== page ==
While innovated by Freud (whom we love to consider a relic of the Victorian era), the concept of defense mechanisms remains alive and well in the fields of psychotherapy and social psychological research – and for good reason. Because they are real and are key drivers in our behavior.
Defense mechanisms, put simply, are strategies we engage individually and socially to manage anxiety, distress, loss and related undesirable experiences. They tend to manifest in the form of denial, apathy, projection, and “reaction formation” – where we actively do the opposite of what we are most anxious about, as if to ward off the reality through our behavior (such as flying and driving more excessively when learning about climate change). Does any of this sound familiar? We spend much of our time dealing with the challenges (and frustrations) of how to simultaneously inform and inspire, treading the fine line between fear and hope.
If we are concerned about issues of overwhelm, perhaps it makes sense to first pause and ask, what is “overwhelm” really about. Technically, feeling overwhelmed relates to the experience of being submerged, inundated. But it’s arguably more of a symptom than a “thing,” or a “barrier” we must find a way to get across or get through. Rather, if we track overwhelm we may find it leads us into unforeseen territories, such as fearing loss of control, anxiety over low self-efficacy, or intense sadness. Until we actually understand what underlies “overwhelm” and move from seeing it as a thing to an expression of something far more fundamental and deeper, I believe our efforts will be limited and lack the traction we require.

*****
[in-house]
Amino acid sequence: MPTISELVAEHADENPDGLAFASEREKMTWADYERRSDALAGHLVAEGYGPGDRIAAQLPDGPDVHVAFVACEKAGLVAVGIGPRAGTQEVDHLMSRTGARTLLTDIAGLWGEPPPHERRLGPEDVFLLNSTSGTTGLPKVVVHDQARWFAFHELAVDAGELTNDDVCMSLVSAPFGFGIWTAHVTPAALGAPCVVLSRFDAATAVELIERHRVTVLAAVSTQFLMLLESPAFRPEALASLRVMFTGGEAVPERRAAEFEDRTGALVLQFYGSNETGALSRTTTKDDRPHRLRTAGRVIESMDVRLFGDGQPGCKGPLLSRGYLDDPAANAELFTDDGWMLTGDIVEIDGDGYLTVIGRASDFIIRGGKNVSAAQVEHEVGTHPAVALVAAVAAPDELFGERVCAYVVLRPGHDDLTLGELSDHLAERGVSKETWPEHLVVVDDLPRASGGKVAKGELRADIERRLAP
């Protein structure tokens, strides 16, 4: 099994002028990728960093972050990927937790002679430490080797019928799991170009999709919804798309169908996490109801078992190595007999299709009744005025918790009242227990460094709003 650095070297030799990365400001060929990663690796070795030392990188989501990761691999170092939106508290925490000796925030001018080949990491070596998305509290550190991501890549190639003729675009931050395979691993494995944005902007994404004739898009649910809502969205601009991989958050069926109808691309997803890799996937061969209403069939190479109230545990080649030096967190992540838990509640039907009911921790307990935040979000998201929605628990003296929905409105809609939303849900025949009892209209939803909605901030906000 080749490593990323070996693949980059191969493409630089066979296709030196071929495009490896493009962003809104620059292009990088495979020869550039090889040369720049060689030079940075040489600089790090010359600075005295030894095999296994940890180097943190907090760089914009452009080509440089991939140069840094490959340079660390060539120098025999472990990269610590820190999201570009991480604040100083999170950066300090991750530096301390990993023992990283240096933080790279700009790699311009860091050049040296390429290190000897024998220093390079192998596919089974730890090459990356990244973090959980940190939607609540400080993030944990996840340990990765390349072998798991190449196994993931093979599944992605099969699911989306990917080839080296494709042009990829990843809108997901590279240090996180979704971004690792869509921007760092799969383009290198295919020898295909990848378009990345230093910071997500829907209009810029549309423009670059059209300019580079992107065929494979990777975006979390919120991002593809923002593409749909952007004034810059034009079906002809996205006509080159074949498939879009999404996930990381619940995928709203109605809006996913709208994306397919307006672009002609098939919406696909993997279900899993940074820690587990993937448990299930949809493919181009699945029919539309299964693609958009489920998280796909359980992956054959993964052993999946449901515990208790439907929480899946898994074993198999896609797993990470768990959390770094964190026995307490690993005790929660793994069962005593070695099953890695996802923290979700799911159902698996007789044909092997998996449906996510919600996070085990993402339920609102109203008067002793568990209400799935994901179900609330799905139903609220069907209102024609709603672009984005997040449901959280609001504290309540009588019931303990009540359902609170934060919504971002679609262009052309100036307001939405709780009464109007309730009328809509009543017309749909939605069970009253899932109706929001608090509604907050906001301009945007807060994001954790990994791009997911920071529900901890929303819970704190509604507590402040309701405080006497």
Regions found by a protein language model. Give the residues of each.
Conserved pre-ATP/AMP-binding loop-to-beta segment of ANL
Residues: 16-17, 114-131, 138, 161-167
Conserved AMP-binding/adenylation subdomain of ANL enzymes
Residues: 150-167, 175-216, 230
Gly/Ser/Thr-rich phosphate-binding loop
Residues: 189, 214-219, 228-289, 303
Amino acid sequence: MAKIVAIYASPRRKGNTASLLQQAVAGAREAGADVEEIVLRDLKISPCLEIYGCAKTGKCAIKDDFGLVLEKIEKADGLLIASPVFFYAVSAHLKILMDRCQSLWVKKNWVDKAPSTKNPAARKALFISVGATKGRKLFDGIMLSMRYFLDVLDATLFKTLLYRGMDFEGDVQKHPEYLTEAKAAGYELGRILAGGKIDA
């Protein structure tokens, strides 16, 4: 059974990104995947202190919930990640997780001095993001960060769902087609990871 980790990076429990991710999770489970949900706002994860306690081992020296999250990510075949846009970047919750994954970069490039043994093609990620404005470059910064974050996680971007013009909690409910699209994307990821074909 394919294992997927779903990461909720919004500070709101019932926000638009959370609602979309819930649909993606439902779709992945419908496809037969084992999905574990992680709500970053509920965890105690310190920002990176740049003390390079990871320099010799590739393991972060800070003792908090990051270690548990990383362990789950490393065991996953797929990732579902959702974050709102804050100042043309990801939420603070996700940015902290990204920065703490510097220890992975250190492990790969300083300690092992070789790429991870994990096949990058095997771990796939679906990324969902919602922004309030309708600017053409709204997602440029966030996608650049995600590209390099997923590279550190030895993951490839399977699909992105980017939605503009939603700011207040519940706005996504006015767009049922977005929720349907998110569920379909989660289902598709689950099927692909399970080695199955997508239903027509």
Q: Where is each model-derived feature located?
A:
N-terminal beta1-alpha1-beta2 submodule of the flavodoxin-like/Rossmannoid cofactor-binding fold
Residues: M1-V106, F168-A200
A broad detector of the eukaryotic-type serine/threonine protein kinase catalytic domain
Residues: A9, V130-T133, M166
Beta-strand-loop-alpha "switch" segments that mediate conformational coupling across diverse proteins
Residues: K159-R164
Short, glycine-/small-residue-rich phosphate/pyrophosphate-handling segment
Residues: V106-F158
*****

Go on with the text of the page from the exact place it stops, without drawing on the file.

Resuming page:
What would this look like, as applied in our work and practices? There is no set formula; however we can learn a great deal from the craft of compassionate and effective mental health practitioners in our midst.
To start, we can begin to investigate in earnest what the experience of climate change actually is for people; this goes beyond opinions or attitudes, and to the heart of the dilemmas, fears, aspirations, anxieties and ambivalence occasioned by the shifts required. We can begin to appreciate these enormous dilemmas, tensions and contradictions we negotiate in the face of our ecological crises – what I refer to as the “tangle,” rather than a “gap” between our values and actions. In understanding the “tangle” we can more effectively meet people where they are (what is called “attunement” in clinical psychology), which can be a basis for more systemic and deeper change. We can draw on the power of social interaction and “conversation-based platforms,” exemplified in the work of Carbon Conversations, which simply brings people together and allows the interactions to provide support necessary for many to implement behavioral changes. In other words, we can develop new means of support that lead us to behavioral changes, without either resorting to sugar-coating or focusing only on the positive, or the so-called “gloom and doom” approach. Rather, we can appreciate how truth and authenticity can have a surprising capacity to unleash creativity, aspirations, and discernment.
Addressing overwhelm ultimately is about truthfully providing the right sort of support, without being prescriptive or patronizing. And being truthful is about acknowledging and recognizing the serious predicaments we face, creating space to process loss and anxieties as needed --- moving forward with vision and inspiration.
Dr. Renee Lertzman is a trained psychosocial researcher and consultant who designs workshops and trainings for organizations on climate change communications and engagement. She is on the Associate Faculty
for the Masters in Environmental Education and Communication at Royal Roads University.